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The Athletic Profile of Fast Bowling in Cricket: A Review

Johnstone, James A.1; Mitchell, Andrew C.S.2; Hughes, Gerwyn2; Watson, Tim3; Ford, Paul A.4; Garrett, Andrew T.5

Journal of Strength & Conditioning Research: May 2014 - Volume 28 - Issue 5 - p 1465–1473
doi: 10.1519/JSC.0b013e3182a20f8c
Brief Review

Abstract: Johnstone, JA, Mitchell, ACS, Hughes, G, Watson, T, Ford, PA, and Garrett, AT. The athletic profile of fast bowling in cricket: A review. J Strength Cond Res 28(5): 1465–1473, 2014—Cricket is a global sport played in over 100 countries with elite performers attracting multimillion dollar contracts. Therefore, performers maintaining optimum physical fitness and remaining injury free is important. Fast bowlers have a vital position in a cricket team, and there is an increasing body of scientific literature that has reviewed this role over the past decade. Previous research on fast bowlers has tended to focus on biomechanical analysis and injury prevention in performers. However, this review aims to critically analyze the emerging contribution of physiological-based literature linked to fast bowling in cricket, highlight the current evidence related to simulated and competitive in-match performance, and relate this practically to the conditioning coach. Furthermore, the review considers limitations with past research and possible avenues for future investigation. It is clear with the advent of new applied mobile monitoring technology that there is scope for more ecologically valid and longitudinal exploration capturing in-match data, providing quantification of physiological workloads, and analysis of the physical demands across the differing formats of the game. Currently, strength and conditioning specialists do not have a critical academic resource with which to shape professional practice, and this review aims to provide a starting point for evidence in the specific area.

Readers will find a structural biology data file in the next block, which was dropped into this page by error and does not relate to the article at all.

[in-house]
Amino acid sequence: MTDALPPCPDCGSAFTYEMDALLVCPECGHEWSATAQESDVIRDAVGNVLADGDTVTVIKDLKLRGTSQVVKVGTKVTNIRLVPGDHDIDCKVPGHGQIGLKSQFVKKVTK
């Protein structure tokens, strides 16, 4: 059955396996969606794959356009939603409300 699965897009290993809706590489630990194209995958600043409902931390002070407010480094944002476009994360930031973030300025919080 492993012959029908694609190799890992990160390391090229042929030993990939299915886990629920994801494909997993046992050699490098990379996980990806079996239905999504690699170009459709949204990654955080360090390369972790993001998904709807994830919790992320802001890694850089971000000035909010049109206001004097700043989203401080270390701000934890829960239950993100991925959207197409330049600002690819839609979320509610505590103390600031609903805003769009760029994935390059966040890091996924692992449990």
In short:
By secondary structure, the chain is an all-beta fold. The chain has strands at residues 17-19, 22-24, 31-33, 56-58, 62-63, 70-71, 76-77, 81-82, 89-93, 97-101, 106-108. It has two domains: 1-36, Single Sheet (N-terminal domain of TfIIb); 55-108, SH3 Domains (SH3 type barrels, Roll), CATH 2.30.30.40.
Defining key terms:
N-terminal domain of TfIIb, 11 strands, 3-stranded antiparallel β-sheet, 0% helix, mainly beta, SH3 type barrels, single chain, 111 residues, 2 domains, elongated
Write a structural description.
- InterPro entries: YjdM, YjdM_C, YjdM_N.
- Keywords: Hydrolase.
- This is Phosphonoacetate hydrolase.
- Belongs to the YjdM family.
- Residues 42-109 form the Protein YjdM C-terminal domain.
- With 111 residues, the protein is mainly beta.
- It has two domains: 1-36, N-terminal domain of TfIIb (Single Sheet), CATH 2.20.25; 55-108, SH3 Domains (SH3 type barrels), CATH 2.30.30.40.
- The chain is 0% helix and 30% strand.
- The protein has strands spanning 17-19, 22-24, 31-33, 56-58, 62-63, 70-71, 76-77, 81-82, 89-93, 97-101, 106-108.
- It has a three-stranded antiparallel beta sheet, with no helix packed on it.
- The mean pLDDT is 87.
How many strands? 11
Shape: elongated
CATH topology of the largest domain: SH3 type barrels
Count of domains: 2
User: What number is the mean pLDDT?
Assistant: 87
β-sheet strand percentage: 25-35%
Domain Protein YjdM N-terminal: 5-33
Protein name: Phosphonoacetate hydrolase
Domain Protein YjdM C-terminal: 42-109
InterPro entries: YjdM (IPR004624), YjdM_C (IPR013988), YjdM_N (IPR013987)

1Sport and Exercise Research Group, Department of Life Sciences, Anglia Ruskin University, Cambridge, United Kingdom;

2Sport, Health and Exercise Research Group, School of Life Sciences, University of Hertfordshire, Hertfordshire, United Kingdom;

3School of Health and Emergency Professions, University of Hertfordshire, Hertfordshire, United Kingdom;

4British Olympic Association, London, United Kingdom; and

5Department of Sport, Health and Exercise Science, University of Hull, Hull, United Kingdom

Address correspondence to James A. Johnstone, james.johnstone@anglia.ac.uk.

Copyright © 2014 by the National Strength & Conditioning Association.